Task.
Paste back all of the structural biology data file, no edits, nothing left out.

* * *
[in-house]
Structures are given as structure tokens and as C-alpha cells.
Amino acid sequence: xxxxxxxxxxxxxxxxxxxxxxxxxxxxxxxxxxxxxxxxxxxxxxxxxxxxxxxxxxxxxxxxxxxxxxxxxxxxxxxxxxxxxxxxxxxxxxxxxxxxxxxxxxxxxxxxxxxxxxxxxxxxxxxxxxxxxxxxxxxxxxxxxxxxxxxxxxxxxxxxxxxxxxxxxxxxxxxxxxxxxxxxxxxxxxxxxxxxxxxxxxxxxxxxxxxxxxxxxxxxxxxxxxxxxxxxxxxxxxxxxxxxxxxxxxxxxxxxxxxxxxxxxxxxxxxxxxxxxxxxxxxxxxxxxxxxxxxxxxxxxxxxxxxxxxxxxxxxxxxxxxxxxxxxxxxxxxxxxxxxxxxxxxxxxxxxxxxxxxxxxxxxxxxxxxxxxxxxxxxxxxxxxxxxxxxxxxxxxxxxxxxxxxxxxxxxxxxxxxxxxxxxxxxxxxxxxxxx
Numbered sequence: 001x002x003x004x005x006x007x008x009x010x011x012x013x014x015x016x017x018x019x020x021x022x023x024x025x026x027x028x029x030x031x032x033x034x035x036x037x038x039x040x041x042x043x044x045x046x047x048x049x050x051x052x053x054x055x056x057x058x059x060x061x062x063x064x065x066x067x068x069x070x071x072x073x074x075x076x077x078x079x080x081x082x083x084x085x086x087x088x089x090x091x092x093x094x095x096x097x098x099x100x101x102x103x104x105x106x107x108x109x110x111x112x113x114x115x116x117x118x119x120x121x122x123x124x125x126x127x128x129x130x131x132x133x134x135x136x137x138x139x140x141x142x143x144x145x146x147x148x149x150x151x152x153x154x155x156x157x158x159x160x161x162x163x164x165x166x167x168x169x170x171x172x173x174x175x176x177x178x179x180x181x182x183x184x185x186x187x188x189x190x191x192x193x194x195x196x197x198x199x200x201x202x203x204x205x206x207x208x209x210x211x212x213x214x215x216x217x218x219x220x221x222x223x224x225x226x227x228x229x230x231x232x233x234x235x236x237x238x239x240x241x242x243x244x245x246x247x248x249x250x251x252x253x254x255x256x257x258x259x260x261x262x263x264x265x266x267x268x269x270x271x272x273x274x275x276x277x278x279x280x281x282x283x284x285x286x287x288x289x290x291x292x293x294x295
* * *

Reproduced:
[in-house]
Structures are given as structure tokens and as C-alpha cells.
Amino acid sequence: xxxxxxxxxxxxxxxxxxxxxxxxxxxxxxxxxxxxxxxxxxxxxxxxxxxxxxxxxxxxxxxxxxxxxxxxxxxxxxxxxxxxxxxxxxxxxxxxxxxxxxxxxxxxxxxxxxxxxxxxxxxxxxxxxxxxxxxxxxxxxxxxxxxxxxxxxxxxxxxxxxxxxxxxxxxxxxxxxxxxxxxxxxxxxxxxxxxxxxxxxxxxxxxxxxxxxxxxxxxxxxxxxxxxxxxxxxxxxxxxxxxxxxxxxxxxxxxxxxxxxxxxxxxxxxxxxxxxxxxxxxxxxxxxxxxxxxxxxxxxxxxxxxxxxxxxxxxxxxxxxxxxxxxxxxxxxxxxxxxxxxxxxxxxxxxxxxxxxxxxxxxxxxxxxxxxxxxxxxxxxxxxxxxxxxxxxxxxxxxxxxxxxxxxxxxxxxxxxxxxxxxxxxxxxxxxxxxx
Numbered sequence: 001x002x003x004x005x006x007x008x009x010x011x012x013x014x015x016x017x018x019x020x021x022x023x024x025x026x027x028x029x030x031x032x033x034x035x036x037x038x039x040x041x042x043x044x045x046x047x048x049x050x051x052x053x054x055x056x057x058x059x060x061x062x063x064x065x066x067x068x069x070x071x072x073x074x075x076x077x078x079x080x081x082x083x084x085x086x087x088x089x090x091x092x093x094x095x096x097x098x099x100x101x102x103x104x105x106x107x108x109x110x111x112x113x114x115x116x117x118x119x120x121x122x123x124x125x126x127x128x129x130x131x132x133x134x135x136x137x138x139x140x141x142x143x144x145x146x147x148x149x150x151x152x153x154x155x156x157x158x159x160x161x162x163x164x165x166x167x168x169x170x171x172x173x174x175x176x177x178x179x180x181x182x183x184x185x186x187x188x189x190x191x192x193x194x195x196x197x198x199x200x201x202x203x204x205x206x207x208x209x210x211x212x213x214x215x216x217x218x219x220x221x222x223x224x225x226x227x228x229x230x231x232x233x234x235x236x237x238x239x240x241x242x243x244x245x246x247x248x249x250x251x252x253x254x255x256x257x258x259x260x261x262x263x264x265x266x267x268x269x270x271x272x273x274x275x276x277x278x279x280x281x282x283x284x285x286x287x288x289x290x291x292x293x294x295